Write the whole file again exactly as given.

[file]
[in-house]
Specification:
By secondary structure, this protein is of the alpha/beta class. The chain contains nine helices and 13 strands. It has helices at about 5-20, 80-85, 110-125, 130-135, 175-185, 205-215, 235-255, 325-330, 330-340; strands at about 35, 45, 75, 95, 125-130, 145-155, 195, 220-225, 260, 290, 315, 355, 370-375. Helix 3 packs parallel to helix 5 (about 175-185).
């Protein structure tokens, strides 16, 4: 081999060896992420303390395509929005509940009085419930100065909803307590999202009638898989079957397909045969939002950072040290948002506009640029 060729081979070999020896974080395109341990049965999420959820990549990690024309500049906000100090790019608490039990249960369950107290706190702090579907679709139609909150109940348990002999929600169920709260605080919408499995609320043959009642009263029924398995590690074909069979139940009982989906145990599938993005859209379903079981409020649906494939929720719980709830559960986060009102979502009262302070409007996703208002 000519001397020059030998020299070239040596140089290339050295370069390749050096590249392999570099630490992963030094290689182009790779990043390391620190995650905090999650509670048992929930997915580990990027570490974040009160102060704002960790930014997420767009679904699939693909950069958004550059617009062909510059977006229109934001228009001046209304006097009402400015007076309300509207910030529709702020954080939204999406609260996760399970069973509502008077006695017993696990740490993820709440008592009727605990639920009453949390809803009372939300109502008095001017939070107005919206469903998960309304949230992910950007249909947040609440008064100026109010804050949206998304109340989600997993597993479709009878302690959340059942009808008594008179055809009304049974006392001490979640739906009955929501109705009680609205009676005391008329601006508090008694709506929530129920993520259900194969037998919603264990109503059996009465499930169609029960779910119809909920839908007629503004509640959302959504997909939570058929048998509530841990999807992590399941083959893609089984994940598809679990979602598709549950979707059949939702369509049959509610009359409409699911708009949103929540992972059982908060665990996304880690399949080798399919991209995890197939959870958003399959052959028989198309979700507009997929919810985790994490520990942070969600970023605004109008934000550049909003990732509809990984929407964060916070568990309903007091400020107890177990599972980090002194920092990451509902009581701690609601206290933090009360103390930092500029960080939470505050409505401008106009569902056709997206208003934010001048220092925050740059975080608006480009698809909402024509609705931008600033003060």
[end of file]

[in-house]
Specification:
By secondary structure, this protein is of the alpha/beta class. The chain contains nine helices and 13 strands. It has helices at about 5-20, 80-85, 110-125, 130-135, 175-185, 205-215, 235-255, 325-330, 330-340; strands at about 35, 45, 75, 95, 125-130, 145-155, 195, 220-225, 260, 290, 315, 355, 370-375. Helix 3 packs parallel to helix 5 (about 175-185).
């Protein structure tokens, strides 16, 4: 081999060896992420303390395509929005509940009085419930100065909803307590999202009638898989079957397909045969939002950072040290948002506009640029 060729081979070999020896974080395109341990049965999420959820990549990690024309500049906000100090790019608490039990249960369950107290706190702090579907679709139609909150109940348990002999929600169920709260605080919408499995609320043959009642009263029924398995590690074909069979139940009982989906145990599938993005859209379903079981409020649906494939929720719980709830559960986060009102979502009262302070409007996703208002 000519001397020059030998020299070239040596140089290339050295370069390749050096590249392999570099630490992963030094290689182009790779990043390391620190995650905090999650509670048992929930997915580990990027570490974040009160102060704002960790930014997420767009679904699939693909950069958004550059617009062909510059977006229109934001228009001046209304006097009402400015007076309300509207910030529709702020954080939204999406609260996760399970069973509502008077006695017993696990740490993820709440008592009727605990639920009453949390809803009372939300109502008095001017939070107005919206469903998960309304949230992910950007249909947040609440008064100026109010804050949206998304109340989600997993597993479709009878302690959340059942009808008594008179055809009304049974006392001490979640739906009955929501109705009680609205009676005391008329601006508090008694709506929530129920993520259900194969037998919603264990109503059996009465499930169609029960779910119809909920839908007629503004509640959302959504997909939570058929048998509530841990999807992590399941083959893609089984994940598809679990979602598709549950979707059949939702369509049959509610009359409409699911708009949103929540992972059982908060665990996304880690399949080798399919991209995890197939959870958003399959052959028989198309979700507009997929919810985790994490520990942070969600970023605004109008934000550049909003990732509809990984929407964060916070568990309903007091400020107890177990599972980090002194920092990451509902009581701690609601206290933090009360103390930092500029960080939470505050409505401008106009569902056709997206208003934010001048220092925050740059975080608006480009698809909402024509609705931008600033003060």